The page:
It’s hard to juggle planning against the pressures of unplanned work due to change. As a full-time communicator, I’ve found myself trying to balance the organizational needs of planning against the realities of responding to change in a timely fashion, only to realize that I seemingly could not find a way to do both well. Until now.
Over the years, I’ve worked with and around software developers and have come to first appreciate and then come to study and use their secret to delivering code quickly and adapting just as fast to new features and bug fixes.
A very brief recap of they way things used to be versus how they are now in project planning:
- Software used to be fully considered, mapped out, documented and planned for a final finished release. This method, called Waterfall, was to do all of the pre-planning and documentation for everything the software would need to do in one, very large and complex project plan, complete with Gantt charts to estimate work over months and even years.
- Software-as-a-Service (software you use online, in an app, or in a browser, most frequently) changed the need for more iterative software changes that responded to demands and needs of users as quickly as possible – sometimes days or weeks.
- Agile is a belief that a collaborate team working in short durations together can deliver more often and change more rapidly.
- Scrum is a methodology for applying Agile that plans all work in chunks (2 to 4 weeks is common) and follows ‘ceremonies’ that organize the work during.
- Kanban is an Agile method that visualizes work (a board with notes or cards), limits the work in progress (no multitasking allowed!), focuses on workflow, and continuous improvement through measurement, discussion, and learning.
So do I use Scrum or Kanban? Actually, both. I use Scrumban, which is a hybrid model that, in my opinion, takes the best Agile practices of Scrum and the visualization and flow of Kanban. I think it’s ideal for marketing and communication teams that must plan some level of their work (Editorial Calendars) but be able to pivot as new, urgent unplanned work or changes due to external pressures (Social Media timeliness, change in publication dates, a shift in deliverables, etc.).
Marketing is always in a responsive mode given the nature of the work, so planning every detail out with rigid inflexibility for two weeks at a time is lunacy.
Allow me to illustrate how I lead our team in using Scrumban.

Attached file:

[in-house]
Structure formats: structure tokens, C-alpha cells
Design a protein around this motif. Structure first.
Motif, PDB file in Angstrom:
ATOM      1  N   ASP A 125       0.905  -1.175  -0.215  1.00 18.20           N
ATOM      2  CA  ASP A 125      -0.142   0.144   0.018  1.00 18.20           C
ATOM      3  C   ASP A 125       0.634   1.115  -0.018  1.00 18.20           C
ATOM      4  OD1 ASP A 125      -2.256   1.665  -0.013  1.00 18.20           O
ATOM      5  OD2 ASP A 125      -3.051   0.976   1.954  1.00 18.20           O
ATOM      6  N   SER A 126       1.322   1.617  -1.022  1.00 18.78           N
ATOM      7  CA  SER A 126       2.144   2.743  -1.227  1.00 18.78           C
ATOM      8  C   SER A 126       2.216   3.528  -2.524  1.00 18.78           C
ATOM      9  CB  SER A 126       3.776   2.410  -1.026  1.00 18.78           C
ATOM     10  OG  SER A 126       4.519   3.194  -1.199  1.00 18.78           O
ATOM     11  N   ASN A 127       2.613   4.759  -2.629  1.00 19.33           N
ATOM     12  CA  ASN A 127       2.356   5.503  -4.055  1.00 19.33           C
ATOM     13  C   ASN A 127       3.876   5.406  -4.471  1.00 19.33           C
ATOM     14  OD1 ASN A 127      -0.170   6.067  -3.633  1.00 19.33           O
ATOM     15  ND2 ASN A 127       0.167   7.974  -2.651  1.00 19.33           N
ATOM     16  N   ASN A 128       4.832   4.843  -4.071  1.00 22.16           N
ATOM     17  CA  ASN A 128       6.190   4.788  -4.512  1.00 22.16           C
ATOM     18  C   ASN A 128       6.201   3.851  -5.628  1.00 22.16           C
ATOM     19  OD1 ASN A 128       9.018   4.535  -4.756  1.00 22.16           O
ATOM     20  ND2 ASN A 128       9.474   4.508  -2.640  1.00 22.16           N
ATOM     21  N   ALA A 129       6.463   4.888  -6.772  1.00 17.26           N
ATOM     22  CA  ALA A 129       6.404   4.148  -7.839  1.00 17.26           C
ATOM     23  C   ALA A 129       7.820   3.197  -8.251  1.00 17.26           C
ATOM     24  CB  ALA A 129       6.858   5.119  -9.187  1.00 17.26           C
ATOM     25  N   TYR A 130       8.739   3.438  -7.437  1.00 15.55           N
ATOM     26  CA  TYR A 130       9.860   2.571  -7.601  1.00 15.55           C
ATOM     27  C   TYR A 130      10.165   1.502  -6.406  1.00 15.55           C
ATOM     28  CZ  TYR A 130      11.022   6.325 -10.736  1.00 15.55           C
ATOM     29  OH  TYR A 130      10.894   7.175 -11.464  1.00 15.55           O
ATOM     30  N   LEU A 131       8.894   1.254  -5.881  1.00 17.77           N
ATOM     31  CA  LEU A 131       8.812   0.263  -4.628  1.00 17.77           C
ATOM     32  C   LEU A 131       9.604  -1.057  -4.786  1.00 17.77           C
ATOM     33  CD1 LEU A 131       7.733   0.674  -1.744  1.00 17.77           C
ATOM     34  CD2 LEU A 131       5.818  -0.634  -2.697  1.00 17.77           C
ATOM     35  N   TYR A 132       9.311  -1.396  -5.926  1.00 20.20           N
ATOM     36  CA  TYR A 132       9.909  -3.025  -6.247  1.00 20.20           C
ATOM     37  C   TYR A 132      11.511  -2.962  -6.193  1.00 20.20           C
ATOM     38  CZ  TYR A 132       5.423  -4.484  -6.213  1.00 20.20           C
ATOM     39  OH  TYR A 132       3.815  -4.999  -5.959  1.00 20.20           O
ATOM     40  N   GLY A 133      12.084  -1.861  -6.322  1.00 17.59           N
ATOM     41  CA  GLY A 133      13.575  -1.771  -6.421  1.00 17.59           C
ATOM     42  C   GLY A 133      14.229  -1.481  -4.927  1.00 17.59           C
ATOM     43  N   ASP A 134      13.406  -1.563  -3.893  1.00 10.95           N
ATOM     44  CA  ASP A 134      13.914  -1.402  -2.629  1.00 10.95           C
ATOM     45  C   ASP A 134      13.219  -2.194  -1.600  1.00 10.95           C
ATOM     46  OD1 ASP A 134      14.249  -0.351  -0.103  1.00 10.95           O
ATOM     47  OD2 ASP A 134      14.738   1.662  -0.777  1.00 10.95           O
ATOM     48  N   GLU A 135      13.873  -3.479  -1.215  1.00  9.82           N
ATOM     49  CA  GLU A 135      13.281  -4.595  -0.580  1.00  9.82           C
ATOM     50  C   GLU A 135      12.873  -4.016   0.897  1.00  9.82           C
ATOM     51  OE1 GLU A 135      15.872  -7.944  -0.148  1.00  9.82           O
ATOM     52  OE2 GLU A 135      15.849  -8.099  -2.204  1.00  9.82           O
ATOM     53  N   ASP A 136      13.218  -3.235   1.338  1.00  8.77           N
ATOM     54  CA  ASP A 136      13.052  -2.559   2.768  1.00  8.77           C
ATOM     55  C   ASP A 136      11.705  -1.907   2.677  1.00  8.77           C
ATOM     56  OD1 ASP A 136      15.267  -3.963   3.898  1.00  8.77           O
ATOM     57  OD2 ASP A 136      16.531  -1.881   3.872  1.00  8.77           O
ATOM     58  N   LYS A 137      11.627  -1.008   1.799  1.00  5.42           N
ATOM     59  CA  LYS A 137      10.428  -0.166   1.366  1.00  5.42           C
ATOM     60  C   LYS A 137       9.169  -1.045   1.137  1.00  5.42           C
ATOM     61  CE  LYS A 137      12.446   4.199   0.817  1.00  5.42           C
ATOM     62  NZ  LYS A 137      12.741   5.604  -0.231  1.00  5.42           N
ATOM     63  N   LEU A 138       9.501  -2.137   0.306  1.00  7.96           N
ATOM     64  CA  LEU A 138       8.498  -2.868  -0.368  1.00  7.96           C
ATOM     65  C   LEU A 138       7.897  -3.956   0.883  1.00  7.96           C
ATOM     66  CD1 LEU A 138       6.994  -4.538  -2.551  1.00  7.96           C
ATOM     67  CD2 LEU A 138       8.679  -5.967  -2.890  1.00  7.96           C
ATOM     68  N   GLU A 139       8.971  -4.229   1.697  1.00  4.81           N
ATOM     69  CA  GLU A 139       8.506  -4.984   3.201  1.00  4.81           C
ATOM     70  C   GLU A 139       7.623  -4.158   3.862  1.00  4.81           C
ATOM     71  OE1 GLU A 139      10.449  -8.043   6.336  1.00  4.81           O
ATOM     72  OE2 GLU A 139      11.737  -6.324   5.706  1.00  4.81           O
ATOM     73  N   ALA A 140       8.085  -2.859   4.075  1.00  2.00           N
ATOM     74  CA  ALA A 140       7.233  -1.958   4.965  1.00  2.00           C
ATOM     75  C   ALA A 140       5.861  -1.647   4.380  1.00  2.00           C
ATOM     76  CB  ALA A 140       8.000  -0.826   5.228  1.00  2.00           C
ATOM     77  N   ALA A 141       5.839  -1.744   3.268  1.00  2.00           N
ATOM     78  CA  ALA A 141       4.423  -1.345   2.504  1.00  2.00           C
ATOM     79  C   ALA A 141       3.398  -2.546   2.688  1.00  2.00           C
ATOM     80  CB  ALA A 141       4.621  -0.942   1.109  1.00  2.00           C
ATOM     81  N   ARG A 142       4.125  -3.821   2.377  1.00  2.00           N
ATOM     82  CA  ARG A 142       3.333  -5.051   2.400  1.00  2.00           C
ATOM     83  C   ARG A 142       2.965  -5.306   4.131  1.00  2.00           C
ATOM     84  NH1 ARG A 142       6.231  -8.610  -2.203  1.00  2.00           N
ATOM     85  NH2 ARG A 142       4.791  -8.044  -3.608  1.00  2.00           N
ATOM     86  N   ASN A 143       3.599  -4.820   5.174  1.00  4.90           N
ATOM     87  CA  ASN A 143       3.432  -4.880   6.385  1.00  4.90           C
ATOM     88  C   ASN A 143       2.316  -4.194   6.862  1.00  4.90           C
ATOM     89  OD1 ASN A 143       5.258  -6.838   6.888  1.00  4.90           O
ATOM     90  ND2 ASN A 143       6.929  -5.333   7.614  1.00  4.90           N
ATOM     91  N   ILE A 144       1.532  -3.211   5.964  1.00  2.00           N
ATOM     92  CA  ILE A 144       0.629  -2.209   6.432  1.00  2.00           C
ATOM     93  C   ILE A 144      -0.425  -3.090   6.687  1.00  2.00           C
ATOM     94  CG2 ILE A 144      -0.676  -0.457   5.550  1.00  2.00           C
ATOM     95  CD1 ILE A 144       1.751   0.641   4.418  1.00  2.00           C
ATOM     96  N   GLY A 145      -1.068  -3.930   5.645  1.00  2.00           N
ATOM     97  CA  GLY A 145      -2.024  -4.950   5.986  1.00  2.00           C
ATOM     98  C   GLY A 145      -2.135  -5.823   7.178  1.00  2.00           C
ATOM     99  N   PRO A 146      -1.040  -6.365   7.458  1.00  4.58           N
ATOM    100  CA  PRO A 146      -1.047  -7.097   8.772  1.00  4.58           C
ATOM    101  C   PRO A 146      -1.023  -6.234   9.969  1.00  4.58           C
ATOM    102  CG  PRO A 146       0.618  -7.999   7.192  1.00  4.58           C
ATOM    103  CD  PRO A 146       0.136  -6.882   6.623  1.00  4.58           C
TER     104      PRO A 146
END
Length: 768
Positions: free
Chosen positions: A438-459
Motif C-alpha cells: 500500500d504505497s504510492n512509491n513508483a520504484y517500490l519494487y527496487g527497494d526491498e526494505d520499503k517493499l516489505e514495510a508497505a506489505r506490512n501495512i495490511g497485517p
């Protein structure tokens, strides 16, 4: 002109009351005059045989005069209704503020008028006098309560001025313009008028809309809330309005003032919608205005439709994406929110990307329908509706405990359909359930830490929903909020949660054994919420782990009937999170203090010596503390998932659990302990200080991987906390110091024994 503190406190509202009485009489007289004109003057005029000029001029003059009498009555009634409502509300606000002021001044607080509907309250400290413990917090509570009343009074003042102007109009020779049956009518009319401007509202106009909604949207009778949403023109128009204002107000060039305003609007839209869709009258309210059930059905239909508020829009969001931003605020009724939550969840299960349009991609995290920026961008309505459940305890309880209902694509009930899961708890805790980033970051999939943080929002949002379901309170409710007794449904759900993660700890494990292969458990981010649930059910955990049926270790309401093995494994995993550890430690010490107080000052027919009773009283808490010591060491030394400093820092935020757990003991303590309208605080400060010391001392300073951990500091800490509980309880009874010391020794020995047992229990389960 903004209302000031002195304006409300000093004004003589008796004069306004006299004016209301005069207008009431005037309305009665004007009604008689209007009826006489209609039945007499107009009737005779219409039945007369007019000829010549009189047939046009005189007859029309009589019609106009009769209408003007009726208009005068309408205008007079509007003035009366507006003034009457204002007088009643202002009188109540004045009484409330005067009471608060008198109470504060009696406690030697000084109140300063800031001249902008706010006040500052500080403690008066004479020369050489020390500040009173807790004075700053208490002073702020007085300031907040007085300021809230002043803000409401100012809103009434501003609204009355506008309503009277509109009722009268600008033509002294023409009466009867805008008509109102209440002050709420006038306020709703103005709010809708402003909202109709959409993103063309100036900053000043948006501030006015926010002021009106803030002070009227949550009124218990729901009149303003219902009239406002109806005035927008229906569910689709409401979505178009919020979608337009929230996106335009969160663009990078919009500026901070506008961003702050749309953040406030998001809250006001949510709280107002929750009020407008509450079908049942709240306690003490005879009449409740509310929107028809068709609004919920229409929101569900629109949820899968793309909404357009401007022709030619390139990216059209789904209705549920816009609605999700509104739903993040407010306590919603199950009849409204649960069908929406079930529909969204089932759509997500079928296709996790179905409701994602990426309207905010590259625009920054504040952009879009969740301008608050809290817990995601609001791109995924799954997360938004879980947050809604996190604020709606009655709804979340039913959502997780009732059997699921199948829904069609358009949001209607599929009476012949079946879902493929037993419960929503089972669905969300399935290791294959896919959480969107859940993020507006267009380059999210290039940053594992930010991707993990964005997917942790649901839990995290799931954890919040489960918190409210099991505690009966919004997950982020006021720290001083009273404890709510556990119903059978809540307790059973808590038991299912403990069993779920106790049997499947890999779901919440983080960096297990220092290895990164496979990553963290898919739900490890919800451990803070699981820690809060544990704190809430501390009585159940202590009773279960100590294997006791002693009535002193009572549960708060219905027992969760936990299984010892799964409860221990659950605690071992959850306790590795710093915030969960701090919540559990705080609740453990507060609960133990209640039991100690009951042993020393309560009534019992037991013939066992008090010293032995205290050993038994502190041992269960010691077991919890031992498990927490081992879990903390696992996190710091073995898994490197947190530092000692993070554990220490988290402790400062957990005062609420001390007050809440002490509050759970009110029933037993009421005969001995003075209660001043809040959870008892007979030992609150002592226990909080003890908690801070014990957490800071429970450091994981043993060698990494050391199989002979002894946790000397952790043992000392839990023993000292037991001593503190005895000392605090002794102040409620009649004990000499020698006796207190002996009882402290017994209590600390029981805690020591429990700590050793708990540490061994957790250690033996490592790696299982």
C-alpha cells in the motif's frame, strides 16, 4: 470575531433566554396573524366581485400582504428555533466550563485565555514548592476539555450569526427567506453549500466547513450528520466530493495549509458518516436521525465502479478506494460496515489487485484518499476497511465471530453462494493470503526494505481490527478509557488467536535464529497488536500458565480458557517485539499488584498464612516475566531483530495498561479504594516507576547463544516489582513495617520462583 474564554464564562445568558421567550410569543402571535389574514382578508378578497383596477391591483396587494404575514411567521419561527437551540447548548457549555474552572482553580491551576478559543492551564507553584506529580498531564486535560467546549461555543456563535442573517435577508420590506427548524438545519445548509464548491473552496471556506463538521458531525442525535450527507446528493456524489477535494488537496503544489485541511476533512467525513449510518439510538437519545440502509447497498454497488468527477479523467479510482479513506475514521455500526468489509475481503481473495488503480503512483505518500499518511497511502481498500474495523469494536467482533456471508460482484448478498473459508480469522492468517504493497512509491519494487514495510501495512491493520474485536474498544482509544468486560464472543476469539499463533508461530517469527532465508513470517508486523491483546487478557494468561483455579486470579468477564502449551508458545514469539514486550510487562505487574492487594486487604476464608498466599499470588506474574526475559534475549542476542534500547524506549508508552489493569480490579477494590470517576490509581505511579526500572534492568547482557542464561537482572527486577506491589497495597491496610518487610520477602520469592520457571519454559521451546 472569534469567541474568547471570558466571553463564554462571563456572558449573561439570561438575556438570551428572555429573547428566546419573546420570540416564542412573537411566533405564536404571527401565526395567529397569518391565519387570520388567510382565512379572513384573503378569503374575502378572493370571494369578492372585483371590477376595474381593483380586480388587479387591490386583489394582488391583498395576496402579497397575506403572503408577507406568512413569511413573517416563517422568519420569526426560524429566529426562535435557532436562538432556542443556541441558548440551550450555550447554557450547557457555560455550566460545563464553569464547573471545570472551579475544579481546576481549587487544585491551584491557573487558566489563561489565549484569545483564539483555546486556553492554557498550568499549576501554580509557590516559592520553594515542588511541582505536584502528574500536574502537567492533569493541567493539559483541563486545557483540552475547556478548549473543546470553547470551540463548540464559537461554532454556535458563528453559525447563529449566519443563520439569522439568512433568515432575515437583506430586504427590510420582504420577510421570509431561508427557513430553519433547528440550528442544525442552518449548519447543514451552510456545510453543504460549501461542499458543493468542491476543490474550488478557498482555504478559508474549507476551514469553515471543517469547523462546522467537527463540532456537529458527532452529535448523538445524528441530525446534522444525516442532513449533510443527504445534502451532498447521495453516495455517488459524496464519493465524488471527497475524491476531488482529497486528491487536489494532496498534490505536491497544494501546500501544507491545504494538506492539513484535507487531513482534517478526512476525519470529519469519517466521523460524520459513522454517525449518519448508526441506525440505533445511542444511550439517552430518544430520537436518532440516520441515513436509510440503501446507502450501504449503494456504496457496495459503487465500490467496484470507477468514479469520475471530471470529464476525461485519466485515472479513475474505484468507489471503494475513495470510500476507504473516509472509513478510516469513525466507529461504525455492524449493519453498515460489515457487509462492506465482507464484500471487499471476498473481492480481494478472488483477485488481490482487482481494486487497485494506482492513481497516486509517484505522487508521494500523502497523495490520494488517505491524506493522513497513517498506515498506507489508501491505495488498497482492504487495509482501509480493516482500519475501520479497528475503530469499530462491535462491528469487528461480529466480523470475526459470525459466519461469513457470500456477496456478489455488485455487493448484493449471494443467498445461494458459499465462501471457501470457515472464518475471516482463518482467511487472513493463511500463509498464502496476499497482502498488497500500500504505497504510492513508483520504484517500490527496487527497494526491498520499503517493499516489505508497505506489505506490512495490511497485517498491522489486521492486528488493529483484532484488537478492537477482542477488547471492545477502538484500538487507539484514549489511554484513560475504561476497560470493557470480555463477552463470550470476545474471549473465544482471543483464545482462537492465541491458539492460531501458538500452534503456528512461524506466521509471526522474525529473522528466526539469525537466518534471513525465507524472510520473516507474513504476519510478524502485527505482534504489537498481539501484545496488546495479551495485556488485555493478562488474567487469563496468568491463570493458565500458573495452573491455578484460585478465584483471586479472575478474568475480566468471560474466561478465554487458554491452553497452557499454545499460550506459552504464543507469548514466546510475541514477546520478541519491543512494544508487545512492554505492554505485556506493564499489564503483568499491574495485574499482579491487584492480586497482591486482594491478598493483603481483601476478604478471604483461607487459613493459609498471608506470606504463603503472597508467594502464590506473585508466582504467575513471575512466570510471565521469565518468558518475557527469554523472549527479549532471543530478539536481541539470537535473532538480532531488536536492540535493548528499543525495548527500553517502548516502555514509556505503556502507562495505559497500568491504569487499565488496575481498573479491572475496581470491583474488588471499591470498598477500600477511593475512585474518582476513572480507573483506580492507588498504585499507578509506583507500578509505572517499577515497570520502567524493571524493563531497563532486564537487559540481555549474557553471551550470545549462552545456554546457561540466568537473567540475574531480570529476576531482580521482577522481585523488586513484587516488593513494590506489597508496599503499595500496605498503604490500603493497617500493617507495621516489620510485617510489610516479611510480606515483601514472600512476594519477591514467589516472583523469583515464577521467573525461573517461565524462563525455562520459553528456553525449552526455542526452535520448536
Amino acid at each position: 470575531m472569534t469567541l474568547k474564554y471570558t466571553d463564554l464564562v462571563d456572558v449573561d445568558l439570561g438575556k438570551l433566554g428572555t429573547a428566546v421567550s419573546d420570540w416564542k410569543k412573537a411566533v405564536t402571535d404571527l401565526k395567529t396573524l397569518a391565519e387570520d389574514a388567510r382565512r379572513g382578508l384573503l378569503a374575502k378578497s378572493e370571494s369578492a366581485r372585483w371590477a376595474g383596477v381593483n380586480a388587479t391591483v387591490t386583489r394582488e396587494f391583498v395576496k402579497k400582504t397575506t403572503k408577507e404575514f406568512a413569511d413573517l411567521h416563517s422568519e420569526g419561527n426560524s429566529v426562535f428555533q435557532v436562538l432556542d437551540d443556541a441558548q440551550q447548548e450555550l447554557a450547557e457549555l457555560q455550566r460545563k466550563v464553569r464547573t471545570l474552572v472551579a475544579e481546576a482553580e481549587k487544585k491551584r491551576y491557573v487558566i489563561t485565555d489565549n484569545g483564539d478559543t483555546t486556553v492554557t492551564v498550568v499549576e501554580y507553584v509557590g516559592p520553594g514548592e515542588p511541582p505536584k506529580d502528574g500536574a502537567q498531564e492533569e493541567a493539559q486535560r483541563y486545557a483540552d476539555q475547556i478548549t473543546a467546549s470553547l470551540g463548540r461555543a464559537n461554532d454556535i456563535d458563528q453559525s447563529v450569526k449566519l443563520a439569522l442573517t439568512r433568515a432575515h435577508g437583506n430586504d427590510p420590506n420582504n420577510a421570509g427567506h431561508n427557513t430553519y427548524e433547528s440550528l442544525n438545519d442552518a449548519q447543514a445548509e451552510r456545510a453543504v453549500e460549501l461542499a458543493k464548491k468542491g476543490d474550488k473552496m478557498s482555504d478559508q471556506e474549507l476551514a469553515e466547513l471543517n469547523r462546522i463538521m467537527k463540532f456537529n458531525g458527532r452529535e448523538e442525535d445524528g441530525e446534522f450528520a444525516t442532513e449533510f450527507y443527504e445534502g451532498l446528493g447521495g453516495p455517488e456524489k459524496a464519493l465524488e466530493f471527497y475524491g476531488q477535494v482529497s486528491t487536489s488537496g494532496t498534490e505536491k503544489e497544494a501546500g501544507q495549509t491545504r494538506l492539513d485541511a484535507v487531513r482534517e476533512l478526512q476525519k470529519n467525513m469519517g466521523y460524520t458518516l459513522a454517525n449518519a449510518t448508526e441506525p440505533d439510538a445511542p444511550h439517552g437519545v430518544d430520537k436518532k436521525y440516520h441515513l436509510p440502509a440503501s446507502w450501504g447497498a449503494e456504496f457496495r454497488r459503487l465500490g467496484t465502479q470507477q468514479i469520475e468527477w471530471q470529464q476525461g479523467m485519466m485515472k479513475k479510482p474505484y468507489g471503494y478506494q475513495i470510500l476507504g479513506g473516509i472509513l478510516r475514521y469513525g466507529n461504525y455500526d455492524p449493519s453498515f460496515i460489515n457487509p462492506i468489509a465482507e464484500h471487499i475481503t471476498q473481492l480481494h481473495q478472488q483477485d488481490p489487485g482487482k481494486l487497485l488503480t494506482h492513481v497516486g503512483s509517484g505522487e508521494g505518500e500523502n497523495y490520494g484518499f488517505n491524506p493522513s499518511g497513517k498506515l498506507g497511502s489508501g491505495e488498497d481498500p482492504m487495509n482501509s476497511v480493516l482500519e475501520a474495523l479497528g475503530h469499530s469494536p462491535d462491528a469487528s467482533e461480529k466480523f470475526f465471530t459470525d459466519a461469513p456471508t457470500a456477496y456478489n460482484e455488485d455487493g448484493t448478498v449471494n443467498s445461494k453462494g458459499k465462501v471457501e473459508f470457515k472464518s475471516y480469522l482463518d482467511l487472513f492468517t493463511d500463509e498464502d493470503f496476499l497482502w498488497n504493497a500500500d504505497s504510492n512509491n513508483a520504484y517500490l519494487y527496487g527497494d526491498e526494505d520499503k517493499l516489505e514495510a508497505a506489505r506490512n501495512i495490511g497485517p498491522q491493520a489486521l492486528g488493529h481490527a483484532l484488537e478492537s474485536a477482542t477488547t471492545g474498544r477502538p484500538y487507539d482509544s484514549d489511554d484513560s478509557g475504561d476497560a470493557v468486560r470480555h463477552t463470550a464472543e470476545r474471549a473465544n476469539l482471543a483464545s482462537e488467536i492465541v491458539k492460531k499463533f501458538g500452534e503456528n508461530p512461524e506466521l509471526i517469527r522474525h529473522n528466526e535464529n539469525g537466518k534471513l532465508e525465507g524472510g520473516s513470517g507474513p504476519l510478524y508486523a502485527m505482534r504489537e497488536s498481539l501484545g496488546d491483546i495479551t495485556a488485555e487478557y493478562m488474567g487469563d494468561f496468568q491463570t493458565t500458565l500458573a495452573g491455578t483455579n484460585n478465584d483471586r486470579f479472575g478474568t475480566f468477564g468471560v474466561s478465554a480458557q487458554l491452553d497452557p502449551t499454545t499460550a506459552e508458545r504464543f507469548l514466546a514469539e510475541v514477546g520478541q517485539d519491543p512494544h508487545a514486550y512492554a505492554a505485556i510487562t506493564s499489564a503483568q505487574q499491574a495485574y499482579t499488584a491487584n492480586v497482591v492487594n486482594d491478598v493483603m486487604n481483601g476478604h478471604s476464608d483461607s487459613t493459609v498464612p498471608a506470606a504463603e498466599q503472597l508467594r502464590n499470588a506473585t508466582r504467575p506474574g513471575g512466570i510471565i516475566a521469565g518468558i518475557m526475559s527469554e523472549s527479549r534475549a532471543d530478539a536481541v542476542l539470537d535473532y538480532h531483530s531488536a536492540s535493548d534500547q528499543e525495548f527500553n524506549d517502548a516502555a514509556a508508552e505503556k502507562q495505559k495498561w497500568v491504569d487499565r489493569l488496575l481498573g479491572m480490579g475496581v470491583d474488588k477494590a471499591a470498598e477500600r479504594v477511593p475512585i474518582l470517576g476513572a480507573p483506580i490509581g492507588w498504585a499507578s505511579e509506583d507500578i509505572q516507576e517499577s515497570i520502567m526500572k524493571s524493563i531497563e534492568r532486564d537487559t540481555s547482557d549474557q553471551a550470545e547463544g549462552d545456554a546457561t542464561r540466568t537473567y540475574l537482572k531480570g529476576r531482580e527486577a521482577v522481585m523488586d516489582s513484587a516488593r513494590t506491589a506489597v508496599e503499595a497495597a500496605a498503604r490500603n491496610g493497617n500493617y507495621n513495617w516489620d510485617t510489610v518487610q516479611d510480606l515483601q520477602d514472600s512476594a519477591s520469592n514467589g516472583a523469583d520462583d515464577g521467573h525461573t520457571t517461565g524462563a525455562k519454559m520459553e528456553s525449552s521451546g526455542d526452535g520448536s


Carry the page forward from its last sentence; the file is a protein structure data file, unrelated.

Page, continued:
We plan our work into two-week Sprints (a term that describes a focused team effort for a limited duration) and spend several hours on the first Monday of a Sprint in a Sprint Planning session. To organize and prioritize our potential work for these two weeks, we first look at our Editorial Calendar to see what’s due next, and when we have to be ready to publish. Once all due dates and work related to these timelines is organized into Epics (over-arching projects) and Stories (tasks and dependencies) with fully detailed User Stories (a short Scope of Work), we then look at what else needs to be done that doesn’t necessarily have a hard deadline. To rank these, we discuss which of the Epics will realize the most value for the company. Finally, if there’s a dead tie between due dates and value, the tie-breaker is WSJF (Weighted Shortest Job First). This simply means that if all other things are equal, do the one that can be done fastest, first.
During a Sprint, we have opted for twice daily stand-ups, as we have European office that’s 7 hours ahead of us that also has a marketing team. By meeting in our morning (their afternoon), we minimize the time lost when they leave for the day and must wait to hear back from them until the next day for shared project work. The daily stand up identifies what we’ve done, what we’re working on and what’s in our way or waiting on approval. Our second stand up is near the end of our day and only includes our U.S. team.
Perhaps the biggest reason we use Scrumban instead of Scrum is because of the nature of change associated with content marketing automation and iterative content development. This is most evident when we have unplanned work (which we call Spikes) that MUST be done. We capture this work as uniquely colored/marked cards to visually represent the unplanned vs. planned work. At the end of a Sprint, we calculate the estimated time vs. actual time spent on planned work and calculate the Delta. We then add the Spike hours (time associated with unplanned work) and subtract those from the Delta, which both more accurately explains why we didn’t hit our 100% planned work completion but still leaves room to show the difference between missed estimates and the not completed unplanned work.
So, to summarize: Scrumban leverages the ceremonies of Scrum and the flexibility of pull-based Kanban, allowing structure and organization to keep the framework in place as well as the accountability and transparency high while also adapting to the realities of change during a Sprint for marketing. I highly recommend following Andrea Fryrear from Marketer Gizmo, who has written a plethora of great content on Agile Marketing.